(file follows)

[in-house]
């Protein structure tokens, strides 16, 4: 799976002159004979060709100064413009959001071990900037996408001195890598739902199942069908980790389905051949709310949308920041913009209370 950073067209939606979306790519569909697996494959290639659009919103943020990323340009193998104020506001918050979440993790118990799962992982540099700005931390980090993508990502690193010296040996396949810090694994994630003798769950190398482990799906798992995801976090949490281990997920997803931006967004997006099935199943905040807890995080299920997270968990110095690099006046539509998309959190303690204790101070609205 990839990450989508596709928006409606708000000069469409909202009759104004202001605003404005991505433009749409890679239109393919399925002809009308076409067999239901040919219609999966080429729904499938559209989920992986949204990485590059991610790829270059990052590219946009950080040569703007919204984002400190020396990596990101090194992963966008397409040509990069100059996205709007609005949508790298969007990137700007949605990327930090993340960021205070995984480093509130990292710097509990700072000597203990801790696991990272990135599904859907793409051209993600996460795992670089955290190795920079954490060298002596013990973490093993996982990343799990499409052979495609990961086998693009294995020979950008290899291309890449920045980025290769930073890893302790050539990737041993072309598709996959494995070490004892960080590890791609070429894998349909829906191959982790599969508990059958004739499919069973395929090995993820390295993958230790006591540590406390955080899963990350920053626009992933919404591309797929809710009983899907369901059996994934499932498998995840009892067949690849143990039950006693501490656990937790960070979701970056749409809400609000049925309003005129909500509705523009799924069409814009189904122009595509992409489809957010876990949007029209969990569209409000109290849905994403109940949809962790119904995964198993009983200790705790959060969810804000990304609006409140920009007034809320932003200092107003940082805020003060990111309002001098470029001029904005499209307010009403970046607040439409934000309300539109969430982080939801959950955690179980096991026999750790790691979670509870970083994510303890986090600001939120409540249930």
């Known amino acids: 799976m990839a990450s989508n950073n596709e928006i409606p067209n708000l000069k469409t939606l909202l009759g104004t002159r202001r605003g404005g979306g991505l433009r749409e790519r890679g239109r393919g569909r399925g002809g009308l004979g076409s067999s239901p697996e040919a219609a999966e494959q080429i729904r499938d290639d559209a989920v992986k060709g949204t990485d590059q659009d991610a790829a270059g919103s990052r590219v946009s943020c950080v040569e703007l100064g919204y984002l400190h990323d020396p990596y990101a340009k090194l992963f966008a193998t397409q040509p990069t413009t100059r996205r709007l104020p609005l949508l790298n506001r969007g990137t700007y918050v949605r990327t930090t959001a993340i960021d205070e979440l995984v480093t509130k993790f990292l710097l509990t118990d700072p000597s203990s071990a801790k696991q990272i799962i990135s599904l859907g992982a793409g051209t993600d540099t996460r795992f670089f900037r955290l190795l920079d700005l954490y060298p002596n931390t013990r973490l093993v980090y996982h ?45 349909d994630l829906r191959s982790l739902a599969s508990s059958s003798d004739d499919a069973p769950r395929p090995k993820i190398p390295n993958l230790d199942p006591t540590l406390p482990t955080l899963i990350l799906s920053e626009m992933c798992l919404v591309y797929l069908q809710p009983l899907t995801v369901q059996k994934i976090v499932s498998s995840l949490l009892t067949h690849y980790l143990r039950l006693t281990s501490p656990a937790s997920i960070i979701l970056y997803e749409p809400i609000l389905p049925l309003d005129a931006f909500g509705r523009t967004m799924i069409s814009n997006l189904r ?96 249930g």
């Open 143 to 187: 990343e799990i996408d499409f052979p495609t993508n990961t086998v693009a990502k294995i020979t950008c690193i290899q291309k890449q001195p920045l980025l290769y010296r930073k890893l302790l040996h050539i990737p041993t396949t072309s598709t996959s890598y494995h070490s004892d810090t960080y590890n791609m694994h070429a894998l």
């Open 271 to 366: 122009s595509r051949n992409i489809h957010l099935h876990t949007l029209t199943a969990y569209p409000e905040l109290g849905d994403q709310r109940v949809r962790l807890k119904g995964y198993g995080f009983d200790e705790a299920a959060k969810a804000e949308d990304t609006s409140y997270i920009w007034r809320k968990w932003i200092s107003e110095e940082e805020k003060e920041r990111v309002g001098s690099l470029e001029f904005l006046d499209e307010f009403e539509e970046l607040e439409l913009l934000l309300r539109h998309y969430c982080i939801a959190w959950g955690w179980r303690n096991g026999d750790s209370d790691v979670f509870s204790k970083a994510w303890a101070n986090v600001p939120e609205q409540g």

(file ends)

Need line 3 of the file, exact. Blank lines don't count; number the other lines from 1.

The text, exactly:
């Known amino acids: 799976m990839a990450s989508n950073n596709e928006i409606p067209n708000l000069k469409t939606l909202l009759g104004t002159r202001r605003g404005g979306g991505l433009r749409e790519r890679g239109r393919g569909r399925g002809g009308l004979g076409s067999s239901p697996e040919a219609a999966e494959q080429i729904r499938d290639d559209a989920v992986k060709g949204t990485d590059q659009d991610a790829a270059g919103s990052r590219v946009s943020c950080v040569e703007l100064g919204y984002l400190h990323d020396p990596y990101a340009k090194l992963f966008a193998t397409q040509p990069t413009t100059r996205r709007l104020p609005l949508l790298n506001r969007g990137t700007y918050v949605r990327t930090t959001a993340i960021d205070e979440l995984v480093t509130k993790f990292l710097l509990t118990d700072p000597s203990s071990a801790k696991q990272i799962i990135s599904l859907g992982a793409g051209t993600d540099t996460r795992f670089f900037r955290l190795l920079d700005l954490y060298p002596n931390t013990r973490l093993v980090y996982h ?45 349909d994630l829906r191959s982790l739902a599969s508990s059958s003798d004739d499919a069973p769950r395929p090995k993820i190398p390295n993958l230790d199942p006591t540590l406390p482990t955080l899963i990350l799906s920053e626009m992933c798992l919404v591309y797929l069908q809710p009983l899907t995801v369901q059996k994934i976090v499932s498998s995840l949490l009892t067949h690849y980790l143990r039950l006693t281990s501490p656990a937790s997920i960070i979701l970056y997803e749409p809400i609000l389905p049925l309003d005129a931006f909500g509705r523009t967004m799924i069409s814009n997006l189904r ?96 249930g």